Measured from February 2020 to February 2021, the NYC local government employment is down just 4,200 (0.8%), with a decrease of just 600 (0.4%) for elementary and secondary schools – despite falling enrollment.  And Mayor DeBlasio has cut deals with the unions to guarantee no layoffs until half a year into the next Mayor’s term, regardless of circumstances or consequences.

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Census Bureau Education Finances Data: The FY 2018 Data for New York City is Wrong

In the past few years I’ve come across multiple instances when federal data on City of New York expenditures, and only City of New York expenditures, has been incorrect.   Always in a way that make it seem as if those expenditures are lower, public employment per 100,000 people lower, and NYC public workers less well paid than they actually are.  The data affected has been the public employee pension data aggregated by the Census Bureau, population data at the Bureau of Economic Analysis, and state and local government earnings data aggregated by the BEA.  At the local level some key information has been eliminated altogether, notably the “full agency cost” table.   I’ve been following the data for decades, and haven’t seen much like it.

Given that I’ve just completed a comprehensive analysis of state and local government finances based largely on the 2017 Census of Governments, I hadn’t planned to re-doing an analysis of education finances for FY 2018. But I decided to check to see if something funky happened to those numbers as well.  It has.  According to data reported to the Census Bureau, the wages and salaries of NYC elementary and secondary school workers were $373 million lower in FY 2018 than they had been in FY 2017, with a reduction of $205.6 million for instructional workers.  I checked around to see if there was something that could explain this. Here is what I found.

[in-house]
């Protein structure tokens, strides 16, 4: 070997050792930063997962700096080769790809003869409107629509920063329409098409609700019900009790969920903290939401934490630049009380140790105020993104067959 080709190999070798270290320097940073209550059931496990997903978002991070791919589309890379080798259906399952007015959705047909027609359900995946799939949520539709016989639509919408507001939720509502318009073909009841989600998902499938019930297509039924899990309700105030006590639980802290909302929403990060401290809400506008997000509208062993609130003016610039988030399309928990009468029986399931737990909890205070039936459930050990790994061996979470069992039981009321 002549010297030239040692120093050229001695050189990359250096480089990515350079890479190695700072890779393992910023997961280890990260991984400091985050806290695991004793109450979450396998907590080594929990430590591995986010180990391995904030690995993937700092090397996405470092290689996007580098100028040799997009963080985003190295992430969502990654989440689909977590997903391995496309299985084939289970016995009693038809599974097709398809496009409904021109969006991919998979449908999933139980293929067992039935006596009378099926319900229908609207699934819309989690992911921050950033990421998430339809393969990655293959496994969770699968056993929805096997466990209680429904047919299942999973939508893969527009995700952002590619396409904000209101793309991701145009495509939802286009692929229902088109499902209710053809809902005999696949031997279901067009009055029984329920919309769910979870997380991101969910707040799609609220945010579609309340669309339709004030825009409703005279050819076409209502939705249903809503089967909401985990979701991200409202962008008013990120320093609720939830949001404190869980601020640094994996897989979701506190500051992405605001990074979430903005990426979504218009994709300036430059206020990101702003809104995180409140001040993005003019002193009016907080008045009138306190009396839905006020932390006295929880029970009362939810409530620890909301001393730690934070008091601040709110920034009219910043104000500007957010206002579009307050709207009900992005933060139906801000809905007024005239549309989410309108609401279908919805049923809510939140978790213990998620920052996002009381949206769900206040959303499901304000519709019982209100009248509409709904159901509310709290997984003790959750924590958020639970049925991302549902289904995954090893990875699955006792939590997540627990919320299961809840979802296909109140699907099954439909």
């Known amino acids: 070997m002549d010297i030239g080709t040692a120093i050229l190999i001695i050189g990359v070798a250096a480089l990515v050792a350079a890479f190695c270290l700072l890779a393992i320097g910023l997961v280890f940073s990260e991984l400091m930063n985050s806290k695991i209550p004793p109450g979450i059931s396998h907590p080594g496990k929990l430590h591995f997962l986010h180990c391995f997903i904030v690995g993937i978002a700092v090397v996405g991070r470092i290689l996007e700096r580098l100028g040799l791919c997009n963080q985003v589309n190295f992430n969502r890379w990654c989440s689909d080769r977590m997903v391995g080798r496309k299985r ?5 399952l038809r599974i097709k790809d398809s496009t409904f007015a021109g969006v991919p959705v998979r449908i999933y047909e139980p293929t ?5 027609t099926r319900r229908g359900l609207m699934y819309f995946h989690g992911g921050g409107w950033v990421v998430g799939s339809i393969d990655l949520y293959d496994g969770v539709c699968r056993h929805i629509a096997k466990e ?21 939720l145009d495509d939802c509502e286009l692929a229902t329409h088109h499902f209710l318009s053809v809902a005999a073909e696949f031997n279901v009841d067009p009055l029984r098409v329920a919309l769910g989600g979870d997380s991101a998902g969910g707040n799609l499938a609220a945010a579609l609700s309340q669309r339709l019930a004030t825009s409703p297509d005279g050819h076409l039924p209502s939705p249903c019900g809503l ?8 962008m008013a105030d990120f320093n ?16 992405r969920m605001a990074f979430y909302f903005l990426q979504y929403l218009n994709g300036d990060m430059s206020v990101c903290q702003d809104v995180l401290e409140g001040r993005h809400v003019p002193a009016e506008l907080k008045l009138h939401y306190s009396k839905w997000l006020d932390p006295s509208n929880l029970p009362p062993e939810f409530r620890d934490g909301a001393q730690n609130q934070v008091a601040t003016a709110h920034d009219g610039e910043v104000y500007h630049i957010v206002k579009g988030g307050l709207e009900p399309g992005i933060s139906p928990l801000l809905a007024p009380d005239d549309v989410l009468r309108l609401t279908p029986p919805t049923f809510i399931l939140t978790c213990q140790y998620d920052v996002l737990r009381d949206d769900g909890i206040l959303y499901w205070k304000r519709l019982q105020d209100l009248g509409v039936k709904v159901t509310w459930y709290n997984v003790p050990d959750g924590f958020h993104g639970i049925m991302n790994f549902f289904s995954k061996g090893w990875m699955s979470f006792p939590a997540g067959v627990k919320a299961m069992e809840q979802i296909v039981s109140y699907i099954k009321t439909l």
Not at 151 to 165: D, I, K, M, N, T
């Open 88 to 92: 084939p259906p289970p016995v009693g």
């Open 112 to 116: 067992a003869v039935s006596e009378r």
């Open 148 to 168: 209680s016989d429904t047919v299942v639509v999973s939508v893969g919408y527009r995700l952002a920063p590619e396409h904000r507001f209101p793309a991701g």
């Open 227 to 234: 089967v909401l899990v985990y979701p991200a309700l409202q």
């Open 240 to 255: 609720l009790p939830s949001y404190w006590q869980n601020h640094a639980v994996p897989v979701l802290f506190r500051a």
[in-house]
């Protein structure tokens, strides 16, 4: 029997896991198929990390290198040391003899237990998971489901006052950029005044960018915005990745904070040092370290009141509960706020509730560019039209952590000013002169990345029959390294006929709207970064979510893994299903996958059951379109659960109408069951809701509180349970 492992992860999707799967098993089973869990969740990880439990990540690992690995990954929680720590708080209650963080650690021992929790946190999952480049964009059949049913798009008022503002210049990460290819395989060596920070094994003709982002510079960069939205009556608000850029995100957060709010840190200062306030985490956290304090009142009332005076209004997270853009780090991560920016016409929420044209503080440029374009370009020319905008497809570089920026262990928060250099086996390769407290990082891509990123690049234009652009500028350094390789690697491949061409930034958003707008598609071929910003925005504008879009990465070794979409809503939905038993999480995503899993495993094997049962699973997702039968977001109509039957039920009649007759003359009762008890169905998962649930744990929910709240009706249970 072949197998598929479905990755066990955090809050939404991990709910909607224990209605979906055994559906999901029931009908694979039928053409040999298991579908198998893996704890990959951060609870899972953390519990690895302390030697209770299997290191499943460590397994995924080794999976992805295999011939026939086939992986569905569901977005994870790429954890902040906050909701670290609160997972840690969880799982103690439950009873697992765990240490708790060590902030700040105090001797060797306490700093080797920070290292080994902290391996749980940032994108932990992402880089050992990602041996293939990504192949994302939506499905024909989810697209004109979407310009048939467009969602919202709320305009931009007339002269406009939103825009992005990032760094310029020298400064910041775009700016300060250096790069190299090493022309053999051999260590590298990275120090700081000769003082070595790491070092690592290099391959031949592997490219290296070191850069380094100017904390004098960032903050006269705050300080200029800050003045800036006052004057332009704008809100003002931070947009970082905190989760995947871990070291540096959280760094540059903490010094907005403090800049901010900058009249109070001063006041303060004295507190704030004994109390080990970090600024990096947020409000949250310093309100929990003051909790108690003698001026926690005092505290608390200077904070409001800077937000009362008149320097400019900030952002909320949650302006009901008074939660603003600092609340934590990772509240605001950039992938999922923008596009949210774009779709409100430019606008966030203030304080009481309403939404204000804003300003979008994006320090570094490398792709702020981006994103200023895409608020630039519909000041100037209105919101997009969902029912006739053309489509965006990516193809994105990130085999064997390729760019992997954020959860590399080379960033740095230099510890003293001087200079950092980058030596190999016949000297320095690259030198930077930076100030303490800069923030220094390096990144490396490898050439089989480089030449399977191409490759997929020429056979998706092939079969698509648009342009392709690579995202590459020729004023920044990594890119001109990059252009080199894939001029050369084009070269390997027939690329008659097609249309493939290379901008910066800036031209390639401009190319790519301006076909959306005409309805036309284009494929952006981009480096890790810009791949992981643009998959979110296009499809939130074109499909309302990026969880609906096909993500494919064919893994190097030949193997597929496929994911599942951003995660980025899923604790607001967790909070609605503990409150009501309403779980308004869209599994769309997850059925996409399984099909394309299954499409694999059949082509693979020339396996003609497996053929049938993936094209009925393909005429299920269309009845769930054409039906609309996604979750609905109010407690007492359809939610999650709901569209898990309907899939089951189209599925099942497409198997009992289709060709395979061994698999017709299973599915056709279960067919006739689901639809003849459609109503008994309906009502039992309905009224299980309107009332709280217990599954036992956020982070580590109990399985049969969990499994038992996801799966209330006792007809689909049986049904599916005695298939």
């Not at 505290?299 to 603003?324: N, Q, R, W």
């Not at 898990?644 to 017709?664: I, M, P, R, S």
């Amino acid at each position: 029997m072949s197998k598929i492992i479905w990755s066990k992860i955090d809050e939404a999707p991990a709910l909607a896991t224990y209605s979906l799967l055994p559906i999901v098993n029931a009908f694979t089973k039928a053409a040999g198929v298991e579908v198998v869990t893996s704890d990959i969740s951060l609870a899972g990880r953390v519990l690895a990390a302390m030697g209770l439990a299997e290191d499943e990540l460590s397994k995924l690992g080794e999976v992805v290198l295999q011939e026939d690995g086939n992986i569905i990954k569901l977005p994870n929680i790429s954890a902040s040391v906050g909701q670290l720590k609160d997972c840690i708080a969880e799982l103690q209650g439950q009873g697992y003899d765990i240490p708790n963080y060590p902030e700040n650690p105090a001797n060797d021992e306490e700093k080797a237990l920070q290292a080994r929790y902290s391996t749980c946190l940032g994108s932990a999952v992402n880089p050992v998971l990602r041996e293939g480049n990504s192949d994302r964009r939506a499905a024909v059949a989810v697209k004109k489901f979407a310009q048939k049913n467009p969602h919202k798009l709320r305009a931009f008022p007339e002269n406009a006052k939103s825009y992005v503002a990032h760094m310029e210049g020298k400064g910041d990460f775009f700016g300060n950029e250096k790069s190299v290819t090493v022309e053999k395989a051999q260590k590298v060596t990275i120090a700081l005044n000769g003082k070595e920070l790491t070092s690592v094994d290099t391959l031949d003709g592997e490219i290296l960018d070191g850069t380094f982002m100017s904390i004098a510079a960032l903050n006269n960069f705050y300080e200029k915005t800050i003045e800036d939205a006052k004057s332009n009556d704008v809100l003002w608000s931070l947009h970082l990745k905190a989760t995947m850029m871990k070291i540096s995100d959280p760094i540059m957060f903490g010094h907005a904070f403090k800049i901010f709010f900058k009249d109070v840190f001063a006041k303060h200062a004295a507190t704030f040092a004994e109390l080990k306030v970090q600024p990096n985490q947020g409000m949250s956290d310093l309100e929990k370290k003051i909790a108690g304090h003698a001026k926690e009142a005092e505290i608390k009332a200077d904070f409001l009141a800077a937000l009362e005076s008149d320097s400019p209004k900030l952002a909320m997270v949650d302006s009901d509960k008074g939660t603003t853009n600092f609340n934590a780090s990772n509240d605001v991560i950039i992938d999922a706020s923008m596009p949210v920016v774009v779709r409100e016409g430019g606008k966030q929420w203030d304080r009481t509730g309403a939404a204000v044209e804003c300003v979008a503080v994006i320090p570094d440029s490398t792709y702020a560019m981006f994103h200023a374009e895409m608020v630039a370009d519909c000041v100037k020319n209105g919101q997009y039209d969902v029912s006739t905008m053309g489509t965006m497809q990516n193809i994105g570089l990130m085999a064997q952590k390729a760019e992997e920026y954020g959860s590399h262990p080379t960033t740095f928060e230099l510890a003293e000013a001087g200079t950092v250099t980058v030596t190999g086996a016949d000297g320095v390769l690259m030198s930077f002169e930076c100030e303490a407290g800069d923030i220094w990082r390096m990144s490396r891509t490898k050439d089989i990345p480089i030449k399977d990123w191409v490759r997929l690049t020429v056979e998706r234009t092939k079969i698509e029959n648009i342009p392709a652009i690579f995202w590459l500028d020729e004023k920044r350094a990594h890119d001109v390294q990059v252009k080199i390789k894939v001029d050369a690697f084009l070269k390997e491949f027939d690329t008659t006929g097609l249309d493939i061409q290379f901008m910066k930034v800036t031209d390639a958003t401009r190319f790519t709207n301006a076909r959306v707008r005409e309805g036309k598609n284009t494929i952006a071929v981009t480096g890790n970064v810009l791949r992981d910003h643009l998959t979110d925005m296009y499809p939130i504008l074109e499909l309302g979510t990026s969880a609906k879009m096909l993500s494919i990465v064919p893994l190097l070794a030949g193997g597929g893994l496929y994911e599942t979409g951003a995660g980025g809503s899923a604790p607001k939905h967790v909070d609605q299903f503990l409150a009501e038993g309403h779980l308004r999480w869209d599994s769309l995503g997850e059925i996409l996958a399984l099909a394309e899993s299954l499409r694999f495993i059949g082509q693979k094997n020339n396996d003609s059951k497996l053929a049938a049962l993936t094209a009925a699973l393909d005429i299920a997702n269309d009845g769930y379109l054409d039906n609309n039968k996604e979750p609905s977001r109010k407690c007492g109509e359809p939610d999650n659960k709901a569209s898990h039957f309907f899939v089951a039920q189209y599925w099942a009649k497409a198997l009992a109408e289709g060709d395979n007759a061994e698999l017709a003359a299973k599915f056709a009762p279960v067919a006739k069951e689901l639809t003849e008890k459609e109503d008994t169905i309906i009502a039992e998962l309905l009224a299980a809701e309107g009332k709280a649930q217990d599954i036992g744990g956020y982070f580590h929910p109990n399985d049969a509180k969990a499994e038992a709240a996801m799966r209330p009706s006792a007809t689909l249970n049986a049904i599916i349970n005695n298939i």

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Graphic Summary: 2017 Census of Governments Data

Over the past six weeks, I’ve posted a series of analyses of state and local government finances using data from the Governments Division of the U.S. Census Bureau, starting with the 2017 Census of Governments and including similar data for prior years.  The posts include well over 200 pages of text, 296-plus charts, 25 tables, 34 spreadsheets with that data, those tables and those charts, plus additional spreadsheets. It is the fifth time I have done this, based on the Census of Governments, which comes out every five years.